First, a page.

The Juno spacecraft launched on Aug. 5, 2011 from Cape Canaveral Air Force Station in Florida. JPL manages the Juno mission for NASA. Juno is part of NASA’s New Frontiers Program, managed at NASA’s Marshall Space Flight Center in Huntsville, Alabama, for the agency’s Science Mission Directorate. Lockheed Martin Space Systems in Denver built the spacecraft. The California Institute of Technology in Pasadena manages JPL for NASA.


Before we list the systems, let’s take a look at the physical “machine”.

Juno Configuration

As you can see, the design is truly remarkable and includes the following modules:

  • SOLAR PANELS—Juno requires 18,000 solar cells to gather enough energy for it’s journey, 508 million miles from our sun.  In January, Juno broke the record as the first solar-powered spacecraft to fly further than 493 million miles from the sun.
  • RADIATION VAULT—During its polar orbit, Juno will repeatedly pass through the intense radiation belt that surrounds Jupiter’s equator, charged by ions and particles from Jupiter’s atmosphere and moons suspended in Juno’s colossal magnetic field. The magnetic belt, which measures 1,000 times the human toxicity level, has a radio frequency that can be detected from Earth and extends into earth’s orbit.
  • GRAVITY SCIENCE EXPERIMENT—Using advanced gravity science tools; Juno will create a detailed map of Jupiter’s gravitational field to infer Jupiter’s mass distribution and internal structure.
  • VECTOR MAGNETOMETER (MAG)—Juno’s next mission is to map Jupiter’s massive magnetic field, which extends approximately two (2) million miles toward the sun, shielding Jupiter from solar flares.  It also tails out for more than six hundred (600) million miles in solar orbit.  The dynamo is more than 20,000 times greater than that of the Earth.
  • MICROWAVE RADIOMETERS–Microwave radiomometers (MWR) will detect six (6) microwave and radio frequencies generated by the atmosphere’s thermal emissions.  This will aid in determining the depths of various cloud forms.
  • DETAILED MAPPING OF AURORA BOREALIS AND PLASMA CONTENT—As Juno passes Jupiter’s poles, cameral will capture high-resolution images of aurora borealis, and particle detectors will analyze the plasmas responsible for them.  Not only are Jupiter’s auroras much larger than those of Earth, they are also much more frequent because they are created by atmospheric plasma rather than solar flares.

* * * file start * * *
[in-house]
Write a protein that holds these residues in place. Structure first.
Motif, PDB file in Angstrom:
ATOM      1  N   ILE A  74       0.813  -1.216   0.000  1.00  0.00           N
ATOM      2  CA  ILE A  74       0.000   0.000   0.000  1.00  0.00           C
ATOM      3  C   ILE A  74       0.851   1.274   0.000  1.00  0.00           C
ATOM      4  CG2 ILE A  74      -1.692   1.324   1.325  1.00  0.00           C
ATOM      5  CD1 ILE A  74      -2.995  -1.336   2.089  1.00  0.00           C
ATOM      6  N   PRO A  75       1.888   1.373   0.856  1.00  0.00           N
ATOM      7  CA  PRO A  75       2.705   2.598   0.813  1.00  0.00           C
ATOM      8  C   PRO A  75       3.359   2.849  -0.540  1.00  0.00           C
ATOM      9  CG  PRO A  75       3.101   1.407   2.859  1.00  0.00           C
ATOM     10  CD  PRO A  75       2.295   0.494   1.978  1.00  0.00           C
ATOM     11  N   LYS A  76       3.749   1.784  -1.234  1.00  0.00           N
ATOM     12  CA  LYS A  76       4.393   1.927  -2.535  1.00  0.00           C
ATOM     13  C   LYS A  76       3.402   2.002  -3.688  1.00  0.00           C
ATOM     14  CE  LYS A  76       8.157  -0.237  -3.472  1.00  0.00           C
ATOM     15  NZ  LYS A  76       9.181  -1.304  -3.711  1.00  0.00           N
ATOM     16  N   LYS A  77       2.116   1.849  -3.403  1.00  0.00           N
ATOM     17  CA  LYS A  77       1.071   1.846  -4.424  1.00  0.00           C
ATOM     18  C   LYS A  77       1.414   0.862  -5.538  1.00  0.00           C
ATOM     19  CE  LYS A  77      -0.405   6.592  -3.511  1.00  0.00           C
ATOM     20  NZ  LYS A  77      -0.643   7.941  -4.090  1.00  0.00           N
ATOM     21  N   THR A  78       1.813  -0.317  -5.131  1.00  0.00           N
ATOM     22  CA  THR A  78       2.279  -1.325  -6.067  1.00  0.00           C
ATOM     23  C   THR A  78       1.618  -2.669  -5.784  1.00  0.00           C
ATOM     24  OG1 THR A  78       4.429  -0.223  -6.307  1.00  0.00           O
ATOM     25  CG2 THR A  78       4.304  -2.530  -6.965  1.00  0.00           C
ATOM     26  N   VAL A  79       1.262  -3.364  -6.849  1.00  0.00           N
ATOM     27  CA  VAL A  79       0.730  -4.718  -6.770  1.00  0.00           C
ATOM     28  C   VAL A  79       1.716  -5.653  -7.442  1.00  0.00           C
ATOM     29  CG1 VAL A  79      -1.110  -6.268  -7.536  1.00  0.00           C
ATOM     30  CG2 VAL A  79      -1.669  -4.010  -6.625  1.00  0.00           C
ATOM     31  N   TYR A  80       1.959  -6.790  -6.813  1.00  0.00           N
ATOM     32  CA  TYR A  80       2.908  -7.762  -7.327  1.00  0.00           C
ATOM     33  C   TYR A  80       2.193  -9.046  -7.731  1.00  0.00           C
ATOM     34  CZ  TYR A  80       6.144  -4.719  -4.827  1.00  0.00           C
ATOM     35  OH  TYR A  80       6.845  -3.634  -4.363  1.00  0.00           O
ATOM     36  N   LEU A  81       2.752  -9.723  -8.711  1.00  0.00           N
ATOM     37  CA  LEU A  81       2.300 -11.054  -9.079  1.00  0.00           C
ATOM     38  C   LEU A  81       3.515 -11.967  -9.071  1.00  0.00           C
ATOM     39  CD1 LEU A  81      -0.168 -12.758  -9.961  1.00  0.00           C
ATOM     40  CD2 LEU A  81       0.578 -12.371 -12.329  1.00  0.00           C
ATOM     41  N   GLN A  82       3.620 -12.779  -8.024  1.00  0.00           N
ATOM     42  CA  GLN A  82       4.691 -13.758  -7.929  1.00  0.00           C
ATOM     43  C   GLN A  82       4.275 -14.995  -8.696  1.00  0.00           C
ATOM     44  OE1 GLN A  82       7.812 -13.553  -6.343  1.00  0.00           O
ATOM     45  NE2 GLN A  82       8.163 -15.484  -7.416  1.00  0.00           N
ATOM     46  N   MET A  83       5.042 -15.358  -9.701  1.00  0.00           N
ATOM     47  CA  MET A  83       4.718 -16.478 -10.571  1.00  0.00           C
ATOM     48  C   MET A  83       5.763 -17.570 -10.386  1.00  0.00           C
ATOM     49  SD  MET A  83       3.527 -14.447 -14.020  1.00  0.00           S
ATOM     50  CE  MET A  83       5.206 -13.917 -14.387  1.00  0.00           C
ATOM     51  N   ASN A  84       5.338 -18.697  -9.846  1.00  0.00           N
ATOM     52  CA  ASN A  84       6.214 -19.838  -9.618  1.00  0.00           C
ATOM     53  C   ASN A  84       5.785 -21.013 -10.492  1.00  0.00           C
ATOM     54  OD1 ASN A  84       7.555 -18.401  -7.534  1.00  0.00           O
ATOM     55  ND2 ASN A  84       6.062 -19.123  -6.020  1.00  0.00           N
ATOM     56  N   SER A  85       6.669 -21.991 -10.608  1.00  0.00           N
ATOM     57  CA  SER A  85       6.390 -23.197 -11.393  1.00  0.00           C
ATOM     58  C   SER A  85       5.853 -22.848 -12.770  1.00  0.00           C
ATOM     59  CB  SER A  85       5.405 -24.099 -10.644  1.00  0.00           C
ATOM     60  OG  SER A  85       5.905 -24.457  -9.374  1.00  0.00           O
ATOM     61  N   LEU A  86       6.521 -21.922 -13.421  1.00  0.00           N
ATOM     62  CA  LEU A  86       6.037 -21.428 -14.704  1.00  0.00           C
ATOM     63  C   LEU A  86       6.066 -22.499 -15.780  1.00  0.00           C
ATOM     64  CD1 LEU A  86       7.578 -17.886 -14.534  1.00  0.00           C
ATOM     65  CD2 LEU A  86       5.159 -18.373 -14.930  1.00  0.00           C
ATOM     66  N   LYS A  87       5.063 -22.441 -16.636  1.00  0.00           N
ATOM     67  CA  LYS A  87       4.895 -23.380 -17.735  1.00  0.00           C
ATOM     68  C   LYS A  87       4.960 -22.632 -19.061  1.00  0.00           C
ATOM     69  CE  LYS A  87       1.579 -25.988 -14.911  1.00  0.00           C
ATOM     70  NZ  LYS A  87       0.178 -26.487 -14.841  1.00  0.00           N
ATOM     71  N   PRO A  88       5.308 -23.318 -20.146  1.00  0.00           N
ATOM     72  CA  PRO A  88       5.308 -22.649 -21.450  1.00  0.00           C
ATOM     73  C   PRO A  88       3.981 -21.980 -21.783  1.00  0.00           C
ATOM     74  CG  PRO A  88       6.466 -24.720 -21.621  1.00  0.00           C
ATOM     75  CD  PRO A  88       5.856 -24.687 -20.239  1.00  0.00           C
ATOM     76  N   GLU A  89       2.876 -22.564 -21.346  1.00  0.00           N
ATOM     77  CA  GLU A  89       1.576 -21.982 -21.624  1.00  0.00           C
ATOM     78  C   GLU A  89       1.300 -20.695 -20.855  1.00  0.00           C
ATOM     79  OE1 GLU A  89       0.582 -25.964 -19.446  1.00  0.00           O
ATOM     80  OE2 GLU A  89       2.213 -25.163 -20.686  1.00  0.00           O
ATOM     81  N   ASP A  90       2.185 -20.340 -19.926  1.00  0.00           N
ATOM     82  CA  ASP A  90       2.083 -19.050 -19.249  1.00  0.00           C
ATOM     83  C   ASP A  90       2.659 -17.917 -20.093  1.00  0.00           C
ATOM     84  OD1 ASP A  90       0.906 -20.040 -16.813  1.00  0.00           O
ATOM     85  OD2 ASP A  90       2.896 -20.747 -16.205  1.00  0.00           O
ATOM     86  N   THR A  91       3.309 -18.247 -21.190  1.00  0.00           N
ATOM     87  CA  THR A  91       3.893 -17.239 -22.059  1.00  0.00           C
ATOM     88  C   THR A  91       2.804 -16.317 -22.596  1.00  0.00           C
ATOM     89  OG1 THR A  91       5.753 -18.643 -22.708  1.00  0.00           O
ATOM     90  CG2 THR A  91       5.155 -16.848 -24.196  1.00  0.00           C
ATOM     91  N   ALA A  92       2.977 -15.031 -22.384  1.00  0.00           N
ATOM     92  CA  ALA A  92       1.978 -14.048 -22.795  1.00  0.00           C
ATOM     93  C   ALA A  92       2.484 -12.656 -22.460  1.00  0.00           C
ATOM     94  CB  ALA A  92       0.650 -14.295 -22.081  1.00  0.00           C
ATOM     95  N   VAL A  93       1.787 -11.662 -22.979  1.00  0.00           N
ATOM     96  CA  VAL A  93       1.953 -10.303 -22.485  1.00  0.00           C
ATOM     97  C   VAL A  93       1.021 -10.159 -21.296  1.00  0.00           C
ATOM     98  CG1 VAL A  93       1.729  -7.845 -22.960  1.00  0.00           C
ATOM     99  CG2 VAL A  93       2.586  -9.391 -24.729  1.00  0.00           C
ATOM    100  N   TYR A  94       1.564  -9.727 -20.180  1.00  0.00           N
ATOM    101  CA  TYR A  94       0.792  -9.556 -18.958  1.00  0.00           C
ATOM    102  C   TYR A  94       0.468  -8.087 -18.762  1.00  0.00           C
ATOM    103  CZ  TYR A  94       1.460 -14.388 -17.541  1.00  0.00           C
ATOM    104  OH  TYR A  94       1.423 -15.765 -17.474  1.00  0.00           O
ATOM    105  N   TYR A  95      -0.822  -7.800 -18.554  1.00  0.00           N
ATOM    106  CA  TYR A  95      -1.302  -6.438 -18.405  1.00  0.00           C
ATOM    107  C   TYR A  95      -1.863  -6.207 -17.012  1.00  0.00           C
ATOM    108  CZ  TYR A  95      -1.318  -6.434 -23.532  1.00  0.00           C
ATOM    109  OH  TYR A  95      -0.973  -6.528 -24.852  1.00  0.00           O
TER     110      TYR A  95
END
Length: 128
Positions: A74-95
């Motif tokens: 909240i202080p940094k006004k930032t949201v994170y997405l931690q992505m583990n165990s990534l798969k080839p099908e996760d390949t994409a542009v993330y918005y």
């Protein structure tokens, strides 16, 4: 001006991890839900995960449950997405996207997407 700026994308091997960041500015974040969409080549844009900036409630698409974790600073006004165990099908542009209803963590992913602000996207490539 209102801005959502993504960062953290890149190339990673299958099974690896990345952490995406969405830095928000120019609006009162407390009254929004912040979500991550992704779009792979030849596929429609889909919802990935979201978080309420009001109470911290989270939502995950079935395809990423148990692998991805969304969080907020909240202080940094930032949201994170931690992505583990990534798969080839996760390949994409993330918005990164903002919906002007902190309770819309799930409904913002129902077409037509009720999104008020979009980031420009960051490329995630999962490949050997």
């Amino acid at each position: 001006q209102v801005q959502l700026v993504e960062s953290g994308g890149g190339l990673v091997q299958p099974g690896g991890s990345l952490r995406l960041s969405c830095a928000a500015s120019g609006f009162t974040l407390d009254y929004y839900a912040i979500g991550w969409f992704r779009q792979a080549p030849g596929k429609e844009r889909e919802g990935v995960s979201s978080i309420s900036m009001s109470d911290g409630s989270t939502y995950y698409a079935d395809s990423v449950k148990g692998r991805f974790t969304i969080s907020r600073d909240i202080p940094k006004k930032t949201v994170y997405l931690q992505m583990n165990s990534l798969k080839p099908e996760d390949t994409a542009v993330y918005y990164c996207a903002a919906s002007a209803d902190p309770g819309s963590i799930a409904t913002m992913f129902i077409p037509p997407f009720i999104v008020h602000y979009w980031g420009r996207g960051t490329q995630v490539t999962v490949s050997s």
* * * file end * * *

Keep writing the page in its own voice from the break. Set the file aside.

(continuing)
• JEDI MEASURES HIGH-ENERGY PARTICLES–Three Jupiter energetic particle detector instruments (JEDIs) will measure the angular distribution of high-energy particles as they interact with Jupiter’s upper atmospheres and inner magnetospheres to contribute to Jupiter’s northern and southern lights.
  • JADE MEASURE OF LOW-ENERGY PARTICLES—JADE, the Jovian Aurora Distributions Experiment, works in conjunction with DEDI to measure the angular distribution of lower-energy electrons and ions ranging from zero (0) to thirty (30) electron volts.
  • WAVES MEASURES PLASMA MOVEMENT—The radio/plasma wave experiment, called WAVES, will be used to measure radio frequencies  (50 Hz to 40 MHz) generated by the plasma in the magnetospheres.
  • UVS,JIRAM CAPTURE NORTHERN/SOUTHERN LIGHTS—By capturing wavelength of seventy (70) to two hundred and five (205) nm, an ultraviolet imager/spectrometer (UVS) will generate images of the auroras UV spectrum to view the auroras during the Jovian day.
  • HIGH-RESOLUTION CAMERA—JunoCam, a high-resolution color camera, will capture red, green and blue wavelengths photos of Jupiter’s atmosphere and aurora.  The NASA team expects the camera to last about seven orbits before being destroyed by radiation.


This technology is truly amazing to me.  Think of the planning, the engineering design, the testing, the computer programming needed to bring this program to fruition.  Amazing!



February 6, 2015

In John 18:38 we read the following from the King James Version of the Bible: “Pilate saith unto him, What is truth? And when he had said this, he went out again unto the Jews, and saith unto them, I find in him no fault at all.”  Pilate did not stay for an answer.